Like university students cramming for an exam, Thursday night the parliamentary public security committee (SECU) finished the last of nine hearings (over only six days) into the government’s anti-terrorism bill (C-51). It’s now up to the committee to perform a clause-by-clause review of the omnibus legislation and draft recommendations to the House, including possible amendments, before third reading, which is expected to happen quickly. The NDP and the Liberals have announced the amendments they will be seeking.
It’s possible, though probably difficult for the government (given nearly every witness proposed at least one change to C-51, with a majority calling for greater oversight of Canada’s national security agencies), that Conservatives on committee will force a vote on the bill as is. This would look pretty bad. Ed Broadbent’s high-profile speech in Ottawa included, “C-51 is flawed. C-51 is dangerous. C-51 must be defeated by Parliament.” The no-compromise route could also rile Conservative voters, according to Tasha Kheiriddin of iPolitics.ca. On top of the recent criticism of C-51 from MP Michael Chong, the National Firearms Association and Connie Fournier of the FreeDominion web forum, Kheiriddin points out, “Former Conservative senator Hugh Segal supported the bill but called for more independent oversight. Former Security Information Review Committee chair Ron Atkey predicted the bill could not survive a constitutional challenge. So did Brian Hay, chair of the Mackenzie Institute, who said ‘… permitting a judge to break a law, or to ignore the Charter to uphold the law or to protect a society which is to be based on law, seems, at best, contradictory.'”
Thursday night’s hearings added another friend of the government to the list of C-51’s critics. David Matas, legal counsel with B’nai Brith Canada, explained that while his group supports new Criminal Code provisions for the promotion of terrorism, and the ability of security agencies to shut down websites that celebrate and encourage acts of violent terrorism against Jewish people and others, the bill as written is too vague on what constitutes terrorism, and contains no guidelines for when attorneys general are to give their consent for prosecution of a crime under the new definition.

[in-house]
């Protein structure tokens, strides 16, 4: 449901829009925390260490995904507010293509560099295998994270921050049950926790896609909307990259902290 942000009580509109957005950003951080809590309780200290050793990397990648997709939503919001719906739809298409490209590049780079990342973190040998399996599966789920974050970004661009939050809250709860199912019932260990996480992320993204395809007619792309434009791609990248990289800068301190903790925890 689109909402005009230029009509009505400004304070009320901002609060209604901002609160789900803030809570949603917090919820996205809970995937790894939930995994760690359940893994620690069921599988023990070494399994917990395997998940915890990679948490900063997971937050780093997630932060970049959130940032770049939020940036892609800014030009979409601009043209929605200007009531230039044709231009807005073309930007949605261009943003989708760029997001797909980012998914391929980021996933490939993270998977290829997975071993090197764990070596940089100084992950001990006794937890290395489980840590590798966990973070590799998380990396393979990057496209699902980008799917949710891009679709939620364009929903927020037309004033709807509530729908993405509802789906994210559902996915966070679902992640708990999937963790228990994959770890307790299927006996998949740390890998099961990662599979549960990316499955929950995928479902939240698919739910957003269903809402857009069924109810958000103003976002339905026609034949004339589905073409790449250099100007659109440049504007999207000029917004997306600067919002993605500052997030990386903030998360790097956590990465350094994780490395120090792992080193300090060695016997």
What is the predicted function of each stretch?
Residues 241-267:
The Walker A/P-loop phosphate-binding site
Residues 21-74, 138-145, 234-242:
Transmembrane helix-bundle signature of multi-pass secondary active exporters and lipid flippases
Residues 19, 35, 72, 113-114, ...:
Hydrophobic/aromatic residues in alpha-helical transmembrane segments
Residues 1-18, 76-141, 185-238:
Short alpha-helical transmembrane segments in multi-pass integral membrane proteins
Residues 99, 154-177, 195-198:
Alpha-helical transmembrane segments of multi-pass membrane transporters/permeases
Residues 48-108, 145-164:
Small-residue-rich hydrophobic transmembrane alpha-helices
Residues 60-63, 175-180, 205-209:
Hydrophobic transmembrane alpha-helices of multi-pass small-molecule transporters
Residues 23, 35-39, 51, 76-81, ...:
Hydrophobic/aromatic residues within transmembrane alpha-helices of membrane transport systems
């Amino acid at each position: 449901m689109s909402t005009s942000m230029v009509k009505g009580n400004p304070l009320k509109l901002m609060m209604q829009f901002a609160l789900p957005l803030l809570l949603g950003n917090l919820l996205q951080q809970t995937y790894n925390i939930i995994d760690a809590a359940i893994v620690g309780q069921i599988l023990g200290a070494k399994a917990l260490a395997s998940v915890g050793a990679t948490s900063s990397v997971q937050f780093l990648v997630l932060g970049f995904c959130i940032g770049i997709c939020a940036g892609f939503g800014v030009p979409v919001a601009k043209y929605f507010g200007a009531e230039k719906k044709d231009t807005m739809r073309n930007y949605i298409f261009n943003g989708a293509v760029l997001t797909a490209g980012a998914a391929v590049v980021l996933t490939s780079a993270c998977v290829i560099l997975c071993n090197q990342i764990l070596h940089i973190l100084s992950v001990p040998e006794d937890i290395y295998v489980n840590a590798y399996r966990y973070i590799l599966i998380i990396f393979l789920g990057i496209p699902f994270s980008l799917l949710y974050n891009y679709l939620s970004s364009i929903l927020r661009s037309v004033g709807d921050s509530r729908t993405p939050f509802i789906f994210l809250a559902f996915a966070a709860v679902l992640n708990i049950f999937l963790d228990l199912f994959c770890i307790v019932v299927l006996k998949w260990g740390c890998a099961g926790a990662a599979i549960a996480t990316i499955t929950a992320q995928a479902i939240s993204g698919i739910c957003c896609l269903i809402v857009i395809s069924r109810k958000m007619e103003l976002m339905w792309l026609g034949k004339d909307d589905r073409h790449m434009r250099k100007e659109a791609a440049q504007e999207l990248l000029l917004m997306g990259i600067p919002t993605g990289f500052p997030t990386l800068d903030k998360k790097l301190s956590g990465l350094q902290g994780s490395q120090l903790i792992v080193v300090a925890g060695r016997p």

Matas was also puzzled why the attorney general’s consent was required for some activities, such as taking down a website or seizing materials, but not for the prosecution of advocating terrorism, suggesting this makes private prosecution possible, and could clog up the courts with frivolous accusations. “I’ve talked to somebody in the government about this and it may simply have been a drafting oversight,” he said, adding that a law criminalizing advocacy of terrorism should not be too easy to use nor should it be “a dead letter.” As reported by the Canadian Jewish News, B’nai Brith’s testimony “concluded with recommendations to help the bill avoid ‘vagueness and overbreadth’ and ‘meet Charter [of Rights and Freedoms] standards.'”
On a much less serious note, the committee also heard from Clare Lopez of the Center for Security Policy, whose website currently features Glenn Beck giving a “one hour overview of Grover Norquist’s Terrorists (sic) and Muslim Brotherhood connections.” Lopez, who arrived a bit late to the committee (possibly via black helicopter), is former CIA and now an expert on the Brotherhood’s “plan for the infiltration and subordination of America.” Like other witnesses who focused on the Muslim Brotherhood (yes, there were more than one) or ISIL’s motives instead of C-51, Lopez disputed the “lone wolf” theory, suggesting Michael Zehaf-Bibeau, the Canadian who attacked Parliament on October 22, was more likely a “known wolf” with connections to the global jihad. (God help us if any of this ends up in the committee’s final report.) Elizabeth May, who was denied a speaking opportunity during the C-51 hearings, put it nicely in a tweet Thursday night:
On Wednesday I asked what C-51 was for if not stopping terrorism. There are no new resources for the RCMP or CSIS built into the omnibus bill, just new responsibilities and a wider net of possible security threats to cover, including legitimate protest activities. Statements to committee from police witnesses that the RCMP, CSIS and local police have better things to do than spy on low-level protests are contradicted by recent leaks and much of the historical record. Promises by those same people, and lecturing Conservative members on committee, that the new powers in C-51 won’t be used to suppress dissent among Indigenous communities and environmentalists ring hollow.